That’s how much some museums lost in both visitors and revenues in 2020 due to #COVID19!@UNESCO’s new report reveals staggering numbers as museums adapt globally for the present and innovate for the future: https://t.co/5tY1Db4MRP pic.twitter.com/ri6selJJee
— UNESCO 🏛️ #Education #Sciences #Culture 🇺🇳😷 (@UNESCO) April 13, 2021
According to the UN Educational, Scientific and Cultural Organization (UNESCO), the entire cultural sector has been severely affected by the pandemic, with museums hit particularly hard.
Based on data from 104,000 museums provided by 87 Member States, UNESCO has published a new update on its report from last year, Museums around the world in the face of COVID-19.
The newly published report estimates that in 2020, nearly 90 per cent of museums had been closed for an average of 155 days, and since the beginning of 2021, many have had to shut their doors again, due to surging infection rates.
This has resulted in a 70 per cent drop in attendance on average, and a 40 to 60 per cent decline in revenue compared to 2019, the agency reports.
“In the midst of the crisis, we must not lose sight of the fundamental importance of ensuring access to culture and conserving our shared heritage in all its diversity”, said UNESCO chief Audrey Azoulay.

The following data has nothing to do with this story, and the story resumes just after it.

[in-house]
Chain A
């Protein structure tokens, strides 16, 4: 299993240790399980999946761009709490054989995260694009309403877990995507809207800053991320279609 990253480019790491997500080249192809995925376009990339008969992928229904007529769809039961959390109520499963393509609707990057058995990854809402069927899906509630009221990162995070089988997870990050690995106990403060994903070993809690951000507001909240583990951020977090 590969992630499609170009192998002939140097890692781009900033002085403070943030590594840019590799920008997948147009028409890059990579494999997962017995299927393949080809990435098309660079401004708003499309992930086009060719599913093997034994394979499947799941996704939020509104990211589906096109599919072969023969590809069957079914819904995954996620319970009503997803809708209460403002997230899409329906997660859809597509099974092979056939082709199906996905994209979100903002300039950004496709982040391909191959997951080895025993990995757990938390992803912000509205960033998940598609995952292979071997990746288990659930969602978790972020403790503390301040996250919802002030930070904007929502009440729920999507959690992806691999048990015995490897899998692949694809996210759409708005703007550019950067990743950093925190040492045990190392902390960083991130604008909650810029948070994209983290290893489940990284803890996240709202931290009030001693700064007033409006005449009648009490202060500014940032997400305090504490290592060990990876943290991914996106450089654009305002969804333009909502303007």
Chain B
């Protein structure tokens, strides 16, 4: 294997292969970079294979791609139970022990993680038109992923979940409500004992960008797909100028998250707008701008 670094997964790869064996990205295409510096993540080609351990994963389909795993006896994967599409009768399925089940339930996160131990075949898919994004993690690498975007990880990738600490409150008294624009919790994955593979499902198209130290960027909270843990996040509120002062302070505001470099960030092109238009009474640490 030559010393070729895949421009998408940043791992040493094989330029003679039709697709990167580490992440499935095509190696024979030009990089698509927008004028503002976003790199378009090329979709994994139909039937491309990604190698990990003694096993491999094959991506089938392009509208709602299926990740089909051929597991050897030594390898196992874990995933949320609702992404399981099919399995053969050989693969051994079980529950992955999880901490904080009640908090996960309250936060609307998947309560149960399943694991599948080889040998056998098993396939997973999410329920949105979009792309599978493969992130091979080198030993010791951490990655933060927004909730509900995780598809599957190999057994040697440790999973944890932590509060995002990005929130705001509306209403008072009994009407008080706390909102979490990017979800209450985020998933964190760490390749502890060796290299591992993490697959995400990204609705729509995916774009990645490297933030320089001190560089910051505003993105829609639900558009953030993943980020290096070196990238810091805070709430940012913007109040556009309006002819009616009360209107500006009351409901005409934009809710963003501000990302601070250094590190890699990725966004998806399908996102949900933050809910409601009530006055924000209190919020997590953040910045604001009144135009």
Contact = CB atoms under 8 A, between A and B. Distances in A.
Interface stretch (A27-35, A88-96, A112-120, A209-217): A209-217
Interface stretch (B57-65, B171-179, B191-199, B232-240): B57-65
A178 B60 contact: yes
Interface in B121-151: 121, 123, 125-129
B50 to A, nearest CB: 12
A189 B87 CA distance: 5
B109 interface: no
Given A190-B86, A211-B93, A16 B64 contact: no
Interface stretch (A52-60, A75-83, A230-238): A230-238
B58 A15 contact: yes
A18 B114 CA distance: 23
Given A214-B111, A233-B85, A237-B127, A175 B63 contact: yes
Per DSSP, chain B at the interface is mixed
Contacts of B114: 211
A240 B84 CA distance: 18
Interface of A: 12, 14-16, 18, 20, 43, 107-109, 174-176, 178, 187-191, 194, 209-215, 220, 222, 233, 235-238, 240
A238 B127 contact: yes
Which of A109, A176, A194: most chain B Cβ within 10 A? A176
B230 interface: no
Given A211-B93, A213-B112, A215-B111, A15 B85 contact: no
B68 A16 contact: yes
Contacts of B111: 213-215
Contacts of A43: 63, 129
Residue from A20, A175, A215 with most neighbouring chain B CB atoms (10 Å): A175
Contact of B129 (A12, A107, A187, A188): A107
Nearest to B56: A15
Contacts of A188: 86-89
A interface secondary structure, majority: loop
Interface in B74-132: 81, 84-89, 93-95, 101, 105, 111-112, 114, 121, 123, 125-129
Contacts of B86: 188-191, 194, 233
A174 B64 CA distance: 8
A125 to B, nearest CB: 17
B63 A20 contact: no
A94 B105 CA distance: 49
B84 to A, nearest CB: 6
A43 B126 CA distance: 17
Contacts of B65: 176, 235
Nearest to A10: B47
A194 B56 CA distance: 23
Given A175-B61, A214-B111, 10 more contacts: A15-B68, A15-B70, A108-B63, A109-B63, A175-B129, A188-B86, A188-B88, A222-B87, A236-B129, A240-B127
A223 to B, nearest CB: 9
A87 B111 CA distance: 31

Museums preserve heritage for future generations, promote lifelong learning, provide equal access to culture and spread the values on which humanity is based, said UNESCO.
Their function in terms of social inclusion is also vital to help keep societies together, and they play a major role in both the creative and tourism industries.
The authors also draw attention to traditional educational activities that are hosted by museums, such as school visits, guided tours and workshops.
Key COVID impacts on museums
- For some institutions concerned, revenues have dropped up to 80 per cent compared to 2019.
- In 50 per cent of the States surveyed, public subsidies for national institutions have decreased, some very significantly.
- Some 43 per cent of museums faced closures in the first quarter of 2021.
“The place we reserve for museums in pandemic recovery policies says a great deal about the societal values we wish to uphold”, Ms. Azoulay reminded.
Moving into the future
Recommendations made in Museums around the world include the implementation of a large-scale digitization policy for collections, along with measures to support more education, training and research.
Moreover, the authors uphold the need for cooperation between museums at an international level and for public authorities to provide financial support throughout the pandemic and to strengthen cultures in the future, making the institutions more resilient.
“States have an essential role to play in supporting museums in this difficult period, through an ambitious cultural policy, not only to guarantee their survival but to prepare them for the future”, underscored the UNESCO chief.